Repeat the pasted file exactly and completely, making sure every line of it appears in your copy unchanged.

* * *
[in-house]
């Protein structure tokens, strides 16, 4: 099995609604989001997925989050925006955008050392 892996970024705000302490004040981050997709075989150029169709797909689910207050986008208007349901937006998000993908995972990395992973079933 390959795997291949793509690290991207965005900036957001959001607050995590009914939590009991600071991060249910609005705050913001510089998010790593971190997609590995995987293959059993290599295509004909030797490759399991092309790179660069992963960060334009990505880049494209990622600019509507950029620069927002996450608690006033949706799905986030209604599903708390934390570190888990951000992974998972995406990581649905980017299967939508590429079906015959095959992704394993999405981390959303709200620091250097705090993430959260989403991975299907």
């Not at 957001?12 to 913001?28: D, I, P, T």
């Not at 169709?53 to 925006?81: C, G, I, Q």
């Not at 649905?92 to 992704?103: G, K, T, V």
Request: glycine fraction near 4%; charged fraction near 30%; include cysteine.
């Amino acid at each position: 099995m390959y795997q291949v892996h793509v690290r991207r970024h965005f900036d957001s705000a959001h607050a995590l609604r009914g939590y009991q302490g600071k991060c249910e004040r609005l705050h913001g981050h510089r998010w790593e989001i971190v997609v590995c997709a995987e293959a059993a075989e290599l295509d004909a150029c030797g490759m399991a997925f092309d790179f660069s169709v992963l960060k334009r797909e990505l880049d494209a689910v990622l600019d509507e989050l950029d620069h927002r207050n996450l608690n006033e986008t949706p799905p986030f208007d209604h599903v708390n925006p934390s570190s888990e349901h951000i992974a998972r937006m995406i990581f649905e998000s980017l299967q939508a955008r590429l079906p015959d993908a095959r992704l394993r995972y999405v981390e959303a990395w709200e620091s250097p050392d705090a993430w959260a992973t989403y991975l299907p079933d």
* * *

[in-house]
């Protein structure tokens, strides 16, 4: 099995609604989001997925989050925006955008050392 892996970024705000302490004040981050997709075989150029169709797909689910207050986008208007349901937006998000993908995972990395992973079933 390959795997291949793509690290991207965005900036957001959001607050995590009914939590009991600071991060249910609005705050913001510089998010790593971190997609590995995987293959059993290599295509004909030797490759399991092309790179660069992963960060334009990505880049494209990622600019509507950029620069927002996450608690006033949706799905986030209604599903708390934390570190888990951000992974998972995406990581649905980017299967939508590429079906015959095959992704394993999405981390959303709200620091250097705090993430959260989403991975299907």
């Not at 957001?12 to 913001?28: D, I, P, T």
């Not at 169709?53 to 925006?81: C, G, I, Q």
């Not at 649905?92 to 992704?103: G, K, T, V």
Request: glycine fraction near 4%; charged fraction near 30%; include cysteine.
């Amino acid at each position: 099995m390959y795997q291949v892996h793509v690290r991207r970024h965005f900036d957001s705000a959001h607050a995590l609604r009914g939590y009991q302490g600071k991060c249910e004040r609005l705050h913001g981050h510089r998010w790593e989001i971190v997609v590995c997709a995987e293959a059993a075989e290599l295509d004909a150029c030797g490759m399991a997925f092309d790179f660069s169709v992963l960060k334009r797909e990505l880049d494209a689910v990622l600019d509507e989050l950029d620069h927002r207050n996450l608690n006033e986008t949706p799905p986030f208007d209604h599903v708390n925006p934390s570190s888990e349901h951000i992974a998972r937006m995406i990581f649905e998000s980017l299967q939508a955008r590429l079906p015959d993908a095959r992704l394993r995972y999405v981390e959303a990395w709200e620091s250097p050392d705090a993430w959260a992973t989403y991975l299907p079933d």